Brendan Haywood spent what was likely his final NBA season with the Cleveland Cavaliers last year, and based on his assessment of the locker-room dynamics, the 13-year center wasn’t surprised the team fired head coach David Blatt on Friday.
Haywood elaborated on Blatt’s dysfunctional relationship with LeBron James in an interview with SiriusXM’s NBA Today (h/t Steve Aschburner of NBA.com):
Coach Blatt was very hesitant to challenge LeBron James. It was one of those situations where, being a rookie coach, and LeBron being bigger than life, it was a little too much for him. I remember we had James Jones [talk] to Coach about how, ‘Hey, you can’t just skip over when LeBron James makes a mistake in the film room.’ Because we all see it.
And we’re like, ‘Hey, you didn’t say anything about that. You’re going to correct when Matthew Dellavedova‘s not in the right spot. You’re going to say something when Tristan Thompson‘s not in the right spot. Well, we see a fast break and LeBron didn’t get back on defense or there’s a rotation and he’s supposed to be there, and you just keep rolling the film and the whole room is quiet.’ We see that as players. That’s when … as a player, you start to lose respect for a coach.
Slowly but surely, that respect started chipping away where he would kind of be scared to correct LeBron in film sessions. When he would call every foul for LeBron in practice. Those type of things add up. Guys are like, ‘C’mon man, are you scared of him?’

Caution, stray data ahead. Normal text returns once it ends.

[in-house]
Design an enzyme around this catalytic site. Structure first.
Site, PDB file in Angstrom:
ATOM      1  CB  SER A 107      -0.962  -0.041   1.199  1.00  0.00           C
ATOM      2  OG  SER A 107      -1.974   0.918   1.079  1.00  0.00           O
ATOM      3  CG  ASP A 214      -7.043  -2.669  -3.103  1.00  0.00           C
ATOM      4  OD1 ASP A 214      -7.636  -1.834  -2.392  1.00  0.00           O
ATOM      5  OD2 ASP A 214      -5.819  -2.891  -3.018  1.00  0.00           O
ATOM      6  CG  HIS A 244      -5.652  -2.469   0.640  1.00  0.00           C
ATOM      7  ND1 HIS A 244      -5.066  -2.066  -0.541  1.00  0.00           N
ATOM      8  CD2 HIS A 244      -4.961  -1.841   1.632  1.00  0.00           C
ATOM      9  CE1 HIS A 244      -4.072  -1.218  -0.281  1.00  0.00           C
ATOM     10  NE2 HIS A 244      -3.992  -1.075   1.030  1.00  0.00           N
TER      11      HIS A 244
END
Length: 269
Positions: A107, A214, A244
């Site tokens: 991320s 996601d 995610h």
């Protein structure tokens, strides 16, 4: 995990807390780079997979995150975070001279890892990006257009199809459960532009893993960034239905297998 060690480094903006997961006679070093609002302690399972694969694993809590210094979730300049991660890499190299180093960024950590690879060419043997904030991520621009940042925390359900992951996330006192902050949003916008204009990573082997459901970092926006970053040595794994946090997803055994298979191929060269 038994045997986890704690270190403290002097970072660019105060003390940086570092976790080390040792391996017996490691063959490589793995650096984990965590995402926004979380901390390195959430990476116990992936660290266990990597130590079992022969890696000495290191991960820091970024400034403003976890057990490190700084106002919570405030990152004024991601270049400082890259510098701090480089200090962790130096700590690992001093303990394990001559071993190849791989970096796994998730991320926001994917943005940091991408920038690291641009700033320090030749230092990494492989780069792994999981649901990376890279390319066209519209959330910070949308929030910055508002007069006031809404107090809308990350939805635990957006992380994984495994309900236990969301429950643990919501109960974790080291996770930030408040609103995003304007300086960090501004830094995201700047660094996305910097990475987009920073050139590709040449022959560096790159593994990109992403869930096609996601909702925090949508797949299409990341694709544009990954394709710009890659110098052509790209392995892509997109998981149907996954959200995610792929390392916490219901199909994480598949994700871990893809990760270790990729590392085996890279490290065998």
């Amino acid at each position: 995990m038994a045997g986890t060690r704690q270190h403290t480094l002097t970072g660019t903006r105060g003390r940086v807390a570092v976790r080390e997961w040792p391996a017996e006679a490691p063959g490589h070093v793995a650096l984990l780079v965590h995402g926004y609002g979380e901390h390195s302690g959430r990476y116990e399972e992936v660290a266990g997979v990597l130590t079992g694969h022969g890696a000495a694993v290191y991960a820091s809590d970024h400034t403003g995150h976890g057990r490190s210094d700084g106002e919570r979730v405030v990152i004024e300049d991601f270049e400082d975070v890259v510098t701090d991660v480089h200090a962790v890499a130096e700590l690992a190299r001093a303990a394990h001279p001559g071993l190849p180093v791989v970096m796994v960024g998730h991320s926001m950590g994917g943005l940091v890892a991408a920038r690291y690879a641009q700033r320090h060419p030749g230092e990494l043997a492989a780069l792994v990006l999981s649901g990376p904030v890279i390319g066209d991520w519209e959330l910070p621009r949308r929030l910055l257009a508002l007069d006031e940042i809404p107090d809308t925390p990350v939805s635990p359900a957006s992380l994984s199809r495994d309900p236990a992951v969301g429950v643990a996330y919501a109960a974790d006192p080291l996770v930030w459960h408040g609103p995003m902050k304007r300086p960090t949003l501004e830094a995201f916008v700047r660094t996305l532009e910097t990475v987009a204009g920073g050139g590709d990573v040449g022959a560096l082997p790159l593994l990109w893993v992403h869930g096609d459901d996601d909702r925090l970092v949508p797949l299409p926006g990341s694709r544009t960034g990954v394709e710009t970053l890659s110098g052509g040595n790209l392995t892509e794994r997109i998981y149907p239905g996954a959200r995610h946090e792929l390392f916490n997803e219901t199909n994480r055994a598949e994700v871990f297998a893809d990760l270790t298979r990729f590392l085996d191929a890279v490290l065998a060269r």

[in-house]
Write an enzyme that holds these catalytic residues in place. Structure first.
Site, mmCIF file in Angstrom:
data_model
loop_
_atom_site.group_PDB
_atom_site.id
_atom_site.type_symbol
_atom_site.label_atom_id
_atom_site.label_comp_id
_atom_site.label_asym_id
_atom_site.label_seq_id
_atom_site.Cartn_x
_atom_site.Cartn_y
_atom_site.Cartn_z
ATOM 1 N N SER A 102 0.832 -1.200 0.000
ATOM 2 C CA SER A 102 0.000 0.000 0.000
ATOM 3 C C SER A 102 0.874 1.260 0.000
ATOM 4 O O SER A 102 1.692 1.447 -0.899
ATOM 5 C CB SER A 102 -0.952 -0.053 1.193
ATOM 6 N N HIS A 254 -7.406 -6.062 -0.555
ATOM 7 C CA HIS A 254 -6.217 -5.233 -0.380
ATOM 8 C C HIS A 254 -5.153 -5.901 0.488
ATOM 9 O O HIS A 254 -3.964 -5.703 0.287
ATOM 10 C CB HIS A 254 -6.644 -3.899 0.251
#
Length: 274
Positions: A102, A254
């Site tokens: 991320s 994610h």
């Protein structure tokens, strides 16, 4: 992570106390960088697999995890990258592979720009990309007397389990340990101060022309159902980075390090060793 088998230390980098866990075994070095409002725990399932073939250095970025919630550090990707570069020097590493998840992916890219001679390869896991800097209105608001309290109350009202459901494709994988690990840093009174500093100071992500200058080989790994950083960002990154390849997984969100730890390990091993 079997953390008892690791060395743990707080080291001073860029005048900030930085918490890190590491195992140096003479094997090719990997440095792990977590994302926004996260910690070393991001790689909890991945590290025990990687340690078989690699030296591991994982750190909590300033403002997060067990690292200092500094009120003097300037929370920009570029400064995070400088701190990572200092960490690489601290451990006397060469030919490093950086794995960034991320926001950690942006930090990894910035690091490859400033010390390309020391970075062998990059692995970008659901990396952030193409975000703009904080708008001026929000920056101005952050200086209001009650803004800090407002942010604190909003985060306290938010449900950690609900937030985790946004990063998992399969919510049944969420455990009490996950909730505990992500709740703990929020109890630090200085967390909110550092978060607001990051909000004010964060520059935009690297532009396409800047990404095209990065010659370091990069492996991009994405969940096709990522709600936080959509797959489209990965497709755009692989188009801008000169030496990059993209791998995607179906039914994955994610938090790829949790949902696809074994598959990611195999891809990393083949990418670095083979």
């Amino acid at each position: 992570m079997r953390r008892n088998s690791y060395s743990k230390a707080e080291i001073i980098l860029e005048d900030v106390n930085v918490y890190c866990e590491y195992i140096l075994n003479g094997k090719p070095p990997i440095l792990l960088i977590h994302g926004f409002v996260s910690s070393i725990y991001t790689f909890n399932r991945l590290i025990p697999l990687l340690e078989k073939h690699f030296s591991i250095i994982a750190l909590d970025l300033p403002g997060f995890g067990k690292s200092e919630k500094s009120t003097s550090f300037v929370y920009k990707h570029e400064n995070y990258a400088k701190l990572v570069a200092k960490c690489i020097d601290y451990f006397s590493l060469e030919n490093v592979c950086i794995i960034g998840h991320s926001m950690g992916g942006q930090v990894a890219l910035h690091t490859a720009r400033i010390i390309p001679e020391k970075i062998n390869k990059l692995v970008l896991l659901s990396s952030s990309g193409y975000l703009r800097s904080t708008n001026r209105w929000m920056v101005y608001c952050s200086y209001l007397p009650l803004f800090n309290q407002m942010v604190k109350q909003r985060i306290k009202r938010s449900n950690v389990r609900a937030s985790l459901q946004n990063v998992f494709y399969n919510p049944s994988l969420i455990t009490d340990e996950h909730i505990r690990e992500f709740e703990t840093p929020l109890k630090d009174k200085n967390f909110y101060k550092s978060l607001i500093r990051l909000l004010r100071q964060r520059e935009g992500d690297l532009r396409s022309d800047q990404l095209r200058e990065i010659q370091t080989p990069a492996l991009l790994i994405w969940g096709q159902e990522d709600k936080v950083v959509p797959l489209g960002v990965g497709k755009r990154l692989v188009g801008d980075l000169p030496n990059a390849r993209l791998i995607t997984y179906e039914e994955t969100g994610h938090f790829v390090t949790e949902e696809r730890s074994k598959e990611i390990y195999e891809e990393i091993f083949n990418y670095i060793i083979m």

Adding to the dysfunction, Haywood said he envisioned assistant Tyronn Lue—who become the team's new head coach and not an interim, per Yahoo Sports' Adrian Wojnarowski—would eventually supplant Blatt:
From what I was hearing, David Blatt kind of lost the team. Then there were differences about what guys should be playing and what guys weren’t playing, from a management-coaching standpoint.
When you throw in those type of things combined with the fact that Tyronn Lue already had a lot of power in the organization, had a lot of traction, and a lot of people that were there already viewed him as the coach, these type of things happen.
But Haywood—who was traded to the Portland Trail Blazers last summer and waived shortly after—didn’t pin blame on James, noting Blatt didn’t build on last year’s positives. For that, he believed Friday’s move was fair.
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Blatt is out of a job not even two seasons in despite leading the Cavs to last year’s Finals and the Eastern Conference’s best record (30-11) midway through the current campaign.
First-place teams rarely, if ever, fire their coaches, but general manager David Griffin felt the Cavaliers needed a change. By moving on with Lue—a figure Haywood said the players respect—perhaps Cleveland can get rolling again before the playoffs, which are just three short months away.